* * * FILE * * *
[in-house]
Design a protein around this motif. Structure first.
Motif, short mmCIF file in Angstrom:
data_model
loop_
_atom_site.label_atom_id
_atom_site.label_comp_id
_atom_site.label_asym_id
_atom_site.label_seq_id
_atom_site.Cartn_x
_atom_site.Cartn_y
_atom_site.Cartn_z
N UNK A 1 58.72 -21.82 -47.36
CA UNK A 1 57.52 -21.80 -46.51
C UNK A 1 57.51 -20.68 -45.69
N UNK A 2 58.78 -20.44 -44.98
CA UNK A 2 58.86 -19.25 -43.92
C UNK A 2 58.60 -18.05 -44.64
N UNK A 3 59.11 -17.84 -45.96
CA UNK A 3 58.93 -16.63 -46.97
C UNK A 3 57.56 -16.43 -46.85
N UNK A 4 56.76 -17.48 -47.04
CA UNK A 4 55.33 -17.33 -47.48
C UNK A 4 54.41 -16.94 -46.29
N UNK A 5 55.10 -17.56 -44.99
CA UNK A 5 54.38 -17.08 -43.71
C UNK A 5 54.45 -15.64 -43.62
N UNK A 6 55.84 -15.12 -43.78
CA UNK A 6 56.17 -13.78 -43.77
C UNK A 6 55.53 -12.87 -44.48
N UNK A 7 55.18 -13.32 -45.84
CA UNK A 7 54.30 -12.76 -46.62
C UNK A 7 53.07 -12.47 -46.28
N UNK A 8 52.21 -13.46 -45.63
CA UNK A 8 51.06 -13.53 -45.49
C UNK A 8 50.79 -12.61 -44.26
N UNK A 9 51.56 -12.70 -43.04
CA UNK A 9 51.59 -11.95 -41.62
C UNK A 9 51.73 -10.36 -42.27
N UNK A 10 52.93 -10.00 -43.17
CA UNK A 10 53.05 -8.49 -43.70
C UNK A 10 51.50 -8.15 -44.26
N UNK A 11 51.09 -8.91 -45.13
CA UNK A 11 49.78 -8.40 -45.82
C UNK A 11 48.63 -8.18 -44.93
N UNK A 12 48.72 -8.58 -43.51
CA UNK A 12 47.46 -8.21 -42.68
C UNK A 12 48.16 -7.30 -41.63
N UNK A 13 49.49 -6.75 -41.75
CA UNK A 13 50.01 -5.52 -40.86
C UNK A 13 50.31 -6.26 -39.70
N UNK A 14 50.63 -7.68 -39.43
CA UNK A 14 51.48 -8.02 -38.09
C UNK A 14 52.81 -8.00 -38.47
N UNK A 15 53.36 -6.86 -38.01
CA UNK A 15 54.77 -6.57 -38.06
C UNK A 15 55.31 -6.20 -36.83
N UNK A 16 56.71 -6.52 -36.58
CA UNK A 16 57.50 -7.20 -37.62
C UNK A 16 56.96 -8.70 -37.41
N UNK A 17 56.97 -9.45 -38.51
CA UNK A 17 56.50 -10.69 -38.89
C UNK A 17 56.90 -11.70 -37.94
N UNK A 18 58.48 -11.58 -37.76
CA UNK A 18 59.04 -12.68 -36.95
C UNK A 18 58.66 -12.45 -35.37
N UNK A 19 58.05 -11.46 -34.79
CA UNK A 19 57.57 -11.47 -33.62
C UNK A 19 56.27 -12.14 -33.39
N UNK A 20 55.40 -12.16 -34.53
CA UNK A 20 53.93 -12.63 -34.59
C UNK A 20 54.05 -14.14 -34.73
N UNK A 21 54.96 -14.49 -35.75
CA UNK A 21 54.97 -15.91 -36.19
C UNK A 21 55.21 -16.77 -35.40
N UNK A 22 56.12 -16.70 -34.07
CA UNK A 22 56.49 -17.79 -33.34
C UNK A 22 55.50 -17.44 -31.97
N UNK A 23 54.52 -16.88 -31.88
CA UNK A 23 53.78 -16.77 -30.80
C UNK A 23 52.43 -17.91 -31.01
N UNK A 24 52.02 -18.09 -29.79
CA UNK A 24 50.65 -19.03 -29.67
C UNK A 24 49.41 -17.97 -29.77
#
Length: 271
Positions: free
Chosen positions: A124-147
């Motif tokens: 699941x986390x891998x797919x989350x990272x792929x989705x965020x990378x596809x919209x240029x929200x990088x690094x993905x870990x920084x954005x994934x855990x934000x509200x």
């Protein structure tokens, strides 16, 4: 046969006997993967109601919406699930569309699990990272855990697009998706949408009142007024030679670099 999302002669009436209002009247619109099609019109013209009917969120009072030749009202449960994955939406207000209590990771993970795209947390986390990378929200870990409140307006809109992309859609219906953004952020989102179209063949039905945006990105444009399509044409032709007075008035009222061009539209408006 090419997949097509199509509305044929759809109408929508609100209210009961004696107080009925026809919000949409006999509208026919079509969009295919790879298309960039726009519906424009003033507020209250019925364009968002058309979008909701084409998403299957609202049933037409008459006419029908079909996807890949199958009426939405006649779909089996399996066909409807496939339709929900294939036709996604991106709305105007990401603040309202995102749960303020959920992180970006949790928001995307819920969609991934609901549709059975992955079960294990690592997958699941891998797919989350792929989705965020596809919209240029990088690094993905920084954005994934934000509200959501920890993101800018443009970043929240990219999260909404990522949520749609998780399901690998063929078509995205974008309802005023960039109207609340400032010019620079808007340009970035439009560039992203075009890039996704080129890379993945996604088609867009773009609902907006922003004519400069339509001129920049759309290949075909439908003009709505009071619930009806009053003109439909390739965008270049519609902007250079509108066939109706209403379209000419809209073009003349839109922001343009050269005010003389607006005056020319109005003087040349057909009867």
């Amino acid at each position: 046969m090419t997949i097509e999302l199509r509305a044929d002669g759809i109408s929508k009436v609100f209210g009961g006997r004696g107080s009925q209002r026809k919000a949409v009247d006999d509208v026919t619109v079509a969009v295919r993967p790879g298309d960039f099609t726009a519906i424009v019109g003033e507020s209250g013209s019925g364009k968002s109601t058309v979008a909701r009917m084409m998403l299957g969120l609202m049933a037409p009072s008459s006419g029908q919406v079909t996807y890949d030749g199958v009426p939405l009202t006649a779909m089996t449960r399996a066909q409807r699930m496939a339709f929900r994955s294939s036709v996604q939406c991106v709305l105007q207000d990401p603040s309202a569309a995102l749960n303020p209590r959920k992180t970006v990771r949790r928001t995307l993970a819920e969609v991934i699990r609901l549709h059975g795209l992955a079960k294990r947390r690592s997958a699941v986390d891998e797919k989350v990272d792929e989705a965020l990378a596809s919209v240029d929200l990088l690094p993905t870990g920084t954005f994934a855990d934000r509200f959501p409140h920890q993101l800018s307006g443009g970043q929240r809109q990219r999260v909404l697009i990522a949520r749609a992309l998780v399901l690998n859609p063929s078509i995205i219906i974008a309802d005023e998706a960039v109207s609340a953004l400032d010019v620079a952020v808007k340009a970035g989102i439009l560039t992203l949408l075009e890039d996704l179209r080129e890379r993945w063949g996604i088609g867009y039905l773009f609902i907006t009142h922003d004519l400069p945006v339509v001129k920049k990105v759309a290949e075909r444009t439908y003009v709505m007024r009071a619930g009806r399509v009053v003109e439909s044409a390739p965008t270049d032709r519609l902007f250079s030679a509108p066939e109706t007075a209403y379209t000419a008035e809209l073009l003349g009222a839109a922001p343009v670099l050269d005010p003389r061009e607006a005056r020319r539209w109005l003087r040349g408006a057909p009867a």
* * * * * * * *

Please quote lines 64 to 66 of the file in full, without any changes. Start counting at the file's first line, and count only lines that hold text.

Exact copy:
N UNK A 18 58.48 -11.58 -37.76
CA UNK A 18 59.04 -12.68 -36.95
C UNK A 18 58.66 -12.45 -35.37